7 March 2020
Hi. Natasha Korchenkova here.
This week, everyone has been wondering what the text of the new Constitution means and, most importantly, how it will ultimately help one person to remain in power. And I’ve been thinking about how all we do is puzzle away at something constantly, out of necessity. Where you have a situation in which decision-making mechanisms are pretty much closed off altogether, the art of reading all possible signs and signals coming from on high assumes cult-like proportions. Some purport to have sacred knowledge, while others hone their skills as an interpreter on national TV. The process takes on a particular kind of lunacy because often the way the system operates is completely illogical.
In such a situation, it’s even harder on those who are held hostage by that system. Take, for example, Konstantin Kotov, who got four years in a prison camp for taking part in four peaceful protests. He was arrested on 12 August last year. The investigation into the case was packed into three days, and the hearing itself took only two, after which Kotov was dispatched to the prison camp. But this week, the Second Cassation Court reversed the decision of Moscow City Court, which had refused to commute Kotov’s sentence. Kotov’s detention on remand was extended by a further two months, and the case was sent for a new hearing. What’s all this about, damn it?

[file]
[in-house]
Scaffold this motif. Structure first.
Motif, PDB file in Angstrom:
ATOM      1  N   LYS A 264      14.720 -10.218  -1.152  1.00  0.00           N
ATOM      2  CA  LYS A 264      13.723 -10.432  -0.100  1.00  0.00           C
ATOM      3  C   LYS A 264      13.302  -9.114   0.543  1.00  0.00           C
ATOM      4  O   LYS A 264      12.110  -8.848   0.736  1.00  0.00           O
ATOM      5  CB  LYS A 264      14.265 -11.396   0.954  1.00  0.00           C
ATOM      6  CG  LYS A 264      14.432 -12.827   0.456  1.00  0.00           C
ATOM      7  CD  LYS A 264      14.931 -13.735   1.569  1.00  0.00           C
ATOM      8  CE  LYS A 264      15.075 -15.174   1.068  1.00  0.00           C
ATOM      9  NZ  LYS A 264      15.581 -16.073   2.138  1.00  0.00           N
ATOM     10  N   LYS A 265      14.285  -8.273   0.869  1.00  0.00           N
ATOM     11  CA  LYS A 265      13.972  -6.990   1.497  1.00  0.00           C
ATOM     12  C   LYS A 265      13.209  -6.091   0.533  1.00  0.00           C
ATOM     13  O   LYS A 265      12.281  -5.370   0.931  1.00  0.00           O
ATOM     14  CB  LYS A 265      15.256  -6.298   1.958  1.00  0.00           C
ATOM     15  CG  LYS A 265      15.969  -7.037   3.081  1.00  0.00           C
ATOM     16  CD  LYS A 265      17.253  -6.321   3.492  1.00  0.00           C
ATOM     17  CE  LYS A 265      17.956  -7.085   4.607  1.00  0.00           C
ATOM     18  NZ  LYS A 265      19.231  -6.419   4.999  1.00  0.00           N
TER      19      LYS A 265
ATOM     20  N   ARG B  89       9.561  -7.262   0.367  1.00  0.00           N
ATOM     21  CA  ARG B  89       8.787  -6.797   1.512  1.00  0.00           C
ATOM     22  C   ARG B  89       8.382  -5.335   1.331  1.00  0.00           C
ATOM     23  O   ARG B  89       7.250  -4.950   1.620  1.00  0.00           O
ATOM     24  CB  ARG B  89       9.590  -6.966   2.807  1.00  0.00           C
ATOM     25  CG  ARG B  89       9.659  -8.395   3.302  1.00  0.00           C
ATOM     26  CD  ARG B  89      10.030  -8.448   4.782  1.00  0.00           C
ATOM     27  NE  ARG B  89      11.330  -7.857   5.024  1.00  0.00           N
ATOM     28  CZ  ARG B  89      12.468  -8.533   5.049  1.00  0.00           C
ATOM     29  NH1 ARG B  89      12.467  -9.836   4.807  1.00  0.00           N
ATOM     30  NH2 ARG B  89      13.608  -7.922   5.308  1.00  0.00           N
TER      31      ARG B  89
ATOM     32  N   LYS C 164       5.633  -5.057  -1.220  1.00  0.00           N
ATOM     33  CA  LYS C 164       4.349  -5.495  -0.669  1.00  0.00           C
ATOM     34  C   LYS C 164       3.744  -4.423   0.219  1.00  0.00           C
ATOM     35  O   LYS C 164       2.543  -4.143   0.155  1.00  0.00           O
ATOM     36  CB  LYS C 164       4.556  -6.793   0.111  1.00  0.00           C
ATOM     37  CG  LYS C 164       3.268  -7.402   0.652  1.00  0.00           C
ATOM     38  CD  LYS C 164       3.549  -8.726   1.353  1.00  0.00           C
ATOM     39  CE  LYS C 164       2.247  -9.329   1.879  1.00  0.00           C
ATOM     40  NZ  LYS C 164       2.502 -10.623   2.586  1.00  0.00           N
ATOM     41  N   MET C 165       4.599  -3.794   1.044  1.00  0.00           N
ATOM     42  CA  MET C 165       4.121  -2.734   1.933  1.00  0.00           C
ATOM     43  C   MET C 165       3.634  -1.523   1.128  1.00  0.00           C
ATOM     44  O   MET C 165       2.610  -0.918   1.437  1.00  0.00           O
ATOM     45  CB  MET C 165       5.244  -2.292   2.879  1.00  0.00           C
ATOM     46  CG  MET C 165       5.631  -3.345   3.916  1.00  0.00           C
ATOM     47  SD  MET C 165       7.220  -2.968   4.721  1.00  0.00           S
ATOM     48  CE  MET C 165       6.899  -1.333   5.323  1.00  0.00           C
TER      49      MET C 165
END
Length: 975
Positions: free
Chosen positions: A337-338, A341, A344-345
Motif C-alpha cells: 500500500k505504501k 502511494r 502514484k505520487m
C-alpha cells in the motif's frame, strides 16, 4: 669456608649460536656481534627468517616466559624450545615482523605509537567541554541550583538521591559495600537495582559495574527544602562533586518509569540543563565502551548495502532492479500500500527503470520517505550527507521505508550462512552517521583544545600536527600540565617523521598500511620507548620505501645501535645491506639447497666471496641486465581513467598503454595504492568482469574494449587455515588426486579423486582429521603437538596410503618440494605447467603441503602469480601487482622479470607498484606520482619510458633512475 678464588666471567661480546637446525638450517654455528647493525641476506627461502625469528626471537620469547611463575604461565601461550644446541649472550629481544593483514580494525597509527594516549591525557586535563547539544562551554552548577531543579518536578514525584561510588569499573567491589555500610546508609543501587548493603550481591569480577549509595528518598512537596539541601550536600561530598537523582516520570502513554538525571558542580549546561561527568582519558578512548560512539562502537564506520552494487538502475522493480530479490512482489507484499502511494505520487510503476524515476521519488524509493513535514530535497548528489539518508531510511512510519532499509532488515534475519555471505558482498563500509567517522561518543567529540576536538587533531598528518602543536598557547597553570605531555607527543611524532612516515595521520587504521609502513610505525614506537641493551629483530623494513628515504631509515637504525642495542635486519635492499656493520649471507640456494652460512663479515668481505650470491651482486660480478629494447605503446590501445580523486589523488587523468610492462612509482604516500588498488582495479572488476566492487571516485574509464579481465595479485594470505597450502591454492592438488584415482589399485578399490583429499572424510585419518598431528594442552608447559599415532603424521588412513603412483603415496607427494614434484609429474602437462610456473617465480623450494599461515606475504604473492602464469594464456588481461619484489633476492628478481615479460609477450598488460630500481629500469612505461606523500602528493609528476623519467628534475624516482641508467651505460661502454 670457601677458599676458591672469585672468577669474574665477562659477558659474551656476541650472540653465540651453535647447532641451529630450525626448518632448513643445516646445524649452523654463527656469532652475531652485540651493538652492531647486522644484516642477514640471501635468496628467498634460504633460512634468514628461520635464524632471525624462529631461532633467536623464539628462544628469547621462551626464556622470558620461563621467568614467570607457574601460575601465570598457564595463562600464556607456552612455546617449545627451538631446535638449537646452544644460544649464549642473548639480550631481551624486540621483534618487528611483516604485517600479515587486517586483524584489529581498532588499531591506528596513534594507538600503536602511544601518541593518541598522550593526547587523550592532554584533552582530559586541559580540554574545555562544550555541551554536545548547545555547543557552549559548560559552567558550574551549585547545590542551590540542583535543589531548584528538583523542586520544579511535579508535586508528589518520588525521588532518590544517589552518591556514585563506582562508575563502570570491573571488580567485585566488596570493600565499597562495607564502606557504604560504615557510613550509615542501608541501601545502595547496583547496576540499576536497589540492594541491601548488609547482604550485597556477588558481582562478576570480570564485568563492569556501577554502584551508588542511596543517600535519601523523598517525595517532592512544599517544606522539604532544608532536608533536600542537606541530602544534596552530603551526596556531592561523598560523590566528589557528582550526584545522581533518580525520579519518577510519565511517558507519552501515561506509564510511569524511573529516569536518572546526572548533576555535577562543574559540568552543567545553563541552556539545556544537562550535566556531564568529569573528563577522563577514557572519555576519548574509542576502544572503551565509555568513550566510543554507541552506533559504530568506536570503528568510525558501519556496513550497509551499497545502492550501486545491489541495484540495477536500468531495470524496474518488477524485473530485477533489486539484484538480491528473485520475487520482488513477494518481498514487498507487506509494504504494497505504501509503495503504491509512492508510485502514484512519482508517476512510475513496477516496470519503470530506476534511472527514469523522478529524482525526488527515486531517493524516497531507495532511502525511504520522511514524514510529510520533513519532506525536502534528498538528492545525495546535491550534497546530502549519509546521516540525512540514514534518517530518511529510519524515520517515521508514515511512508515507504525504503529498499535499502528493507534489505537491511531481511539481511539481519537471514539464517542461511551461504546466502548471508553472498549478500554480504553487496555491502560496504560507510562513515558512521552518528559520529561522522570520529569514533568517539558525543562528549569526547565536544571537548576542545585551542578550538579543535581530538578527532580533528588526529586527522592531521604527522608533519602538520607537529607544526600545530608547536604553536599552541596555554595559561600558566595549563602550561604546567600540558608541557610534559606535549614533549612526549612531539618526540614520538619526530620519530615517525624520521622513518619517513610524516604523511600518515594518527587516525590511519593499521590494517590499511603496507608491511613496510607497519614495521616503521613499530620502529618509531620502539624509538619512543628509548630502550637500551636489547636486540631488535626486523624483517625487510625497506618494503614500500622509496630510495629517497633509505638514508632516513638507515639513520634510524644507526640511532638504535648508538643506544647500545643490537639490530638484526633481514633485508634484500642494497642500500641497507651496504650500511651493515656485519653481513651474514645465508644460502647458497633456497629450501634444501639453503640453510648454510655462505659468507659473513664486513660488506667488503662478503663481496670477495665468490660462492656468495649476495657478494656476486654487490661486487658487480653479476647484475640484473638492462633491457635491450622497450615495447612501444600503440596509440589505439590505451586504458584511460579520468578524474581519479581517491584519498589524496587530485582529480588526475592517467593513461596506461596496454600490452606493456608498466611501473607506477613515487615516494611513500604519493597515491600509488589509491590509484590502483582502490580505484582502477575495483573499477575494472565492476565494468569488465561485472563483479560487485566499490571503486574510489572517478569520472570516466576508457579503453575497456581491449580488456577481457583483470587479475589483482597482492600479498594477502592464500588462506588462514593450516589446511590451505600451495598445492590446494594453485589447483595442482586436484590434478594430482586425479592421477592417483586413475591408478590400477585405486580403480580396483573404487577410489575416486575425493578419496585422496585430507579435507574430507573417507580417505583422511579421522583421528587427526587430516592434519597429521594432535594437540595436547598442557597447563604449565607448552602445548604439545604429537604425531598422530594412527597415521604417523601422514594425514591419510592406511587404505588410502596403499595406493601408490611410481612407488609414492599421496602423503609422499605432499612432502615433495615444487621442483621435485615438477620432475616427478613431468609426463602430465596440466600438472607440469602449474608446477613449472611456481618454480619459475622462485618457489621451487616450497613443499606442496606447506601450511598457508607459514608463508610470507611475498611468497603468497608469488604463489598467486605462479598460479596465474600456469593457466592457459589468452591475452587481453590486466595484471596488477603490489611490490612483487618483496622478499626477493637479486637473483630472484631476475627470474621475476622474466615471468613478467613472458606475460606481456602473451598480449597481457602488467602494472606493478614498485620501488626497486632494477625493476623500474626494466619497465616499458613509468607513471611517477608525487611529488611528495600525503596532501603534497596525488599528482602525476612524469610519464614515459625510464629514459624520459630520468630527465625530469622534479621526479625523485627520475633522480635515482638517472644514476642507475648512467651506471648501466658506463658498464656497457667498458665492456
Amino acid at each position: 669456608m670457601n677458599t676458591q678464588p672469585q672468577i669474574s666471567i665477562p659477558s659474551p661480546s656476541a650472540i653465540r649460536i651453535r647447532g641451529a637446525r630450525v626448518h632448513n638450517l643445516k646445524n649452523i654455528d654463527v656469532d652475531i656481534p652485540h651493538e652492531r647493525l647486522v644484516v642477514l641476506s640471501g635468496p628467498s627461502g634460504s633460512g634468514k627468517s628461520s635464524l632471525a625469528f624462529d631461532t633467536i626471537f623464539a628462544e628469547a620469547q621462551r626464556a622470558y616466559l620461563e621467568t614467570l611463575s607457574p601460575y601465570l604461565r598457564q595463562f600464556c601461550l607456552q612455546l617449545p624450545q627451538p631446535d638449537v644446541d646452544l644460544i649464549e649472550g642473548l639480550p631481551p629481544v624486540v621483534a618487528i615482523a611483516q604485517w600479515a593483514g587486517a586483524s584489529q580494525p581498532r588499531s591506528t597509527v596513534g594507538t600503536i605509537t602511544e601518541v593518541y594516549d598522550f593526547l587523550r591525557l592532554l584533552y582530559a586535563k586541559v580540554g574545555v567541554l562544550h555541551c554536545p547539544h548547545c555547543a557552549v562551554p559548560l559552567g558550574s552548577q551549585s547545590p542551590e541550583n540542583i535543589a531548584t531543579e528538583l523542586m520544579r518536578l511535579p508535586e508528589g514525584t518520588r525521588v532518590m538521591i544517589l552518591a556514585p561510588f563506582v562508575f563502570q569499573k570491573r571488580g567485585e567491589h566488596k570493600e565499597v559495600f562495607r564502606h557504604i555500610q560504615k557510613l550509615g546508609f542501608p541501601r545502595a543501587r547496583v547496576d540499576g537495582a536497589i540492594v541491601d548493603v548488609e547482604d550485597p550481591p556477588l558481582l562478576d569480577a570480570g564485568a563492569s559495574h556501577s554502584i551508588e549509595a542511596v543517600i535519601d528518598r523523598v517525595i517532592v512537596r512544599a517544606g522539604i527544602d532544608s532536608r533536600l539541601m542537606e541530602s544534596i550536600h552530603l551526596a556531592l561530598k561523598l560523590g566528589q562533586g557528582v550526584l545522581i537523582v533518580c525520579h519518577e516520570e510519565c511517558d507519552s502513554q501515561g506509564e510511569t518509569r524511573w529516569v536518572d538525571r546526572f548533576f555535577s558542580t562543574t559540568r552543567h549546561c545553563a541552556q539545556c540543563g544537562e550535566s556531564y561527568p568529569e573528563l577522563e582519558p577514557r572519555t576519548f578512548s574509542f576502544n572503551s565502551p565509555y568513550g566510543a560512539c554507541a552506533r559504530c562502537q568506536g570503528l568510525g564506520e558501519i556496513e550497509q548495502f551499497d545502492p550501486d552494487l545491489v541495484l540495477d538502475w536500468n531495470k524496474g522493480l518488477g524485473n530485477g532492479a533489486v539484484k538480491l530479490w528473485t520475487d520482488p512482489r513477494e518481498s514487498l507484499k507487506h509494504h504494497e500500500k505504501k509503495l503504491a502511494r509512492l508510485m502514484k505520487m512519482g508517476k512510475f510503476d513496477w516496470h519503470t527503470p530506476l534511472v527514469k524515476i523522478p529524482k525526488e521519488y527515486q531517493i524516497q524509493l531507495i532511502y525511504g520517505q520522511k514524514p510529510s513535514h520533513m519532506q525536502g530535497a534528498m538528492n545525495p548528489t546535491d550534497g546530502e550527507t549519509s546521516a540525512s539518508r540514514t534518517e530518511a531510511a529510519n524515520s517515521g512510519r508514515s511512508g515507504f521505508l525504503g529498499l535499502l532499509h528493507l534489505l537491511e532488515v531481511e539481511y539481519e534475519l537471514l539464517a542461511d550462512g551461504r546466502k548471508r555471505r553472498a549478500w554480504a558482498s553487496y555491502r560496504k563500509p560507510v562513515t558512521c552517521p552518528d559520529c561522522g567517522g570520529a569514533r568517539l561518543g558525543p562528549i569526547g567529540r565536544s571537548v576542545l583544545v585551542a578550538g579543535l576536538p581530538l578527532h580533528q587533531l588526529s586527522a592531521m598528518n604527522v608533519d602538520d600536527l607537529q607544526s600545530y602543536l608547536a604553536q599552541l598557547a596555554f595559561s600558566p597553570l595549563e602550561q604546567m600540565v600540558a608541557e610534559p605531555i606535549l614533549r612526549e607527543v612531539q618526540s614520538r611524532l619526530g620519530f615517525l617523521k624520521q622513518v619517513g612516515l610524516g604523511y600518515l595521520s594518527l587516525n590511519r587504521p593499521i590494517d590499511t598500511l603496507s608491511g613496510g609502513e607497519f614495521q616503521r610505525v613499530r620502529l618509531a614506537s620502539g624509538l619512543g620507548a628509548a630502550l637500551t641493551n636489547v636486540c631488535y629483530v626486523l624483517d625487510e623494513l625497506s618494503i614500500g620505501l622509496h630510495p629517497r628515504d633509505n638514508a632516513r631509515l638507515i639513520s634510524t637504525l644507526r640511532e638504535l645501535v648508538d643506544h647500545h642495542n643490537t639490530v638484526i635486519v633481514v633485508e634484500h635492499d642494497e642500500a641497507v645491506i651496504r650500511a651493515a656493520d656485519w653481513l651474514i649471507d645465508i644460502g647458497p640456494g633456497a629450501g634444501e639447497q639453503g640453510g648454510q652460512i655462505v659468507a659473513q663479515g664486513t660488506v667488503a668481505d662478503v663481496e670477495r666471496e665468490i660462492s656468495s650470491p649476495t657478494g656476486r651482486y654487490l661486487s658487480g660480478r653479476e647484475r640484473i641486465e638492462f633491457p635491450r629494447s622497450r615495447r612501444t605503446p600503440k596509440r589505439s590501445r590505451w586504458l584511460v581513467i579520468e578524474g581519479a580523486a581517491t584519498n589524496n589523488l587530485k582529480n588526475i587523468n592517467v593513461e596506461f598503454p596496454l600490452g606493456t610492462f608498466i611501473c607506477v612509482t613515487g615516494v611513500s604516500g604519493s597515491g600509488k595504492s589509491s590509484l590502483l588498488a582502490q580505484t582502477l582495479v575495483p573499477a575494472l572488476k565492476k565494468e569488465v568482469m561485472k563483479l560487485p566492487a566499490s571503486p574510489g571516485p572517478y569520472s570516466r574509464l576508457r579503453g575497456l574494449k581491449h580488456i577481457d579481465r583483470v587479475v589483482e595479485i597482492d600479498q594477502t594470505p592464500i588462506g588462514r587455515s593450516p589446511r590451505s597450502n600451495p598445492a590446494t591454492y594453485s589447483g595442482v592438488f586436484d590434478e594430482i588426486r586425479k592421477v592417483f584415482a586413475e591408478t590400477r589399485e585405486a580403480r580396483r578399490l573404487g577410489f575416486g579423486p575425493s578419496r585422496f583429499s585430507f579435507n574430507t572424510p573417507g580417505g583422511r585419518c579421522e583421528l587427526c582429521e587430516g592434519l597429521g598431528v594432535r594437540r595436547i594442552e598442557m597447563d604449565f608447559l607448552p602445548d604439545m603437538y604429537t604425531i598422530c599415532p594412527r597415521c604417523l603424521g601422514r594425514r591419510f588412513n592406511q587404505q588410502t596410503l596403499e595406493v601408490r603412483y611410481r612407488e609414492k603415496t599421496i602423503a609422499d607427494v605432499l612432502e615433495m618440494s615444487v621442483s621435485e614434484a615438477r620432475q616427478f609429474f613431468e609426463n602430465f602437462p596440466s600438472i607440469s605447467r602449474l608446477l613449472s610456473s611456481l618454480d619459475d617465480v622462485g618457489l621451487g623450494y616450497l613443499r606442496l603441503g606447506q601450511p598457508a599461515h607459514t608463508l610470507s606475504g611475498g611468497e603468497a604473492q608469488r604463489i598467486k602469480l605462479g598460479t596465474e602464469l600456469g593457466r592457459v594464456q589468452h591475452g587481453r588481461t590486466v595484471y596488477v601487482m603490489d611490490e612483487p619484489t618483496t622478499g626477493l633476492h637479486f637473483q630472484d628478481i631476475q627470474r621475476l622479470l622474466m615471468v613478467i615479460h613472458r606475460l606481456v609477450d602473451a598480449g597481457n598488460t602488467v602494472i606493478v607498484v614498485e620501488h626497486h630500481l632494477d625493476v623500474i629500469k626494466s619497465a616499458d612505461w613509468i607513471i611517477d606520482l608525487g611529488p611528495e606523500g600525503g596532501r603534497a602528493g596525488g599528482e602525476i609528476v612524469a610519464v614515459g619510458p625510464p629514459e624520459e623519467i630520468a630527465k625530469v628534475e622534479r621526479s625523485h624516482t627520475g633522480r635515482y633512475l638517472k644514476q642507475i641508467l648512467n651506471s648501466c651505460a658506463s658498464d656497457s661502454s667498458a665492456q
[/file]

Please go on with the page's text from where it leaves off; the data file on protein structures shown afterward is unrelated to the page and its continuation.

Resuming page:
Our lawyer Evgeny Smirnov, who is a member of Kotov’s defence team, believes this to be a good sign – despite the fact that the court could halt proceedings against him at any time, but has not done so. “The court has strongly hinted that in a year and a half, subject to a review of sentencing, the year’s imprisonment will be up and, once Moscow City Court has reduced Kotov’s sentence to one year, Kotov will be freed,” believes Smirnov. “All the lawyers are pushing for Konstantin’s complete exoneration and will be seeking for the criminal case to be dropped and for him to be pardoned. In light of decisions made by the Constitutional Court of Russia, the ECHR, and plain common sense, this decision seems to be the only one possible.”
We’re also picking up signals from the camps, where we are trying to find one particular prisoner. Almost nothing is known about his case, and the person himself simply disappeared several years ago. It transpires that the answers we are getting in response to completely straightforward questions also need interpreting. Just listen to this:
According to Art. 7 of the Federal Law on Personal Data No. 152-FZ dated 27 July 2006, persons who have access to personal data shall not disclose to third persons and shall not disseminate personal data without the consent of the subject of the personal data, unless otherwise provided by a federal law. Considering that prisoner [N] is not being held in [given correctional facility] and his consent cannot be obtained, the information requested by you cannot be disclosed.
How can you stay sane when the government talks to you like that?
Alas, trying to decipher the signals put out by the system may, for now, be the most constructive way to communicate with it.
And if you need a sign, then this is it.
Natasha and T29
Translated by Lindsay Munford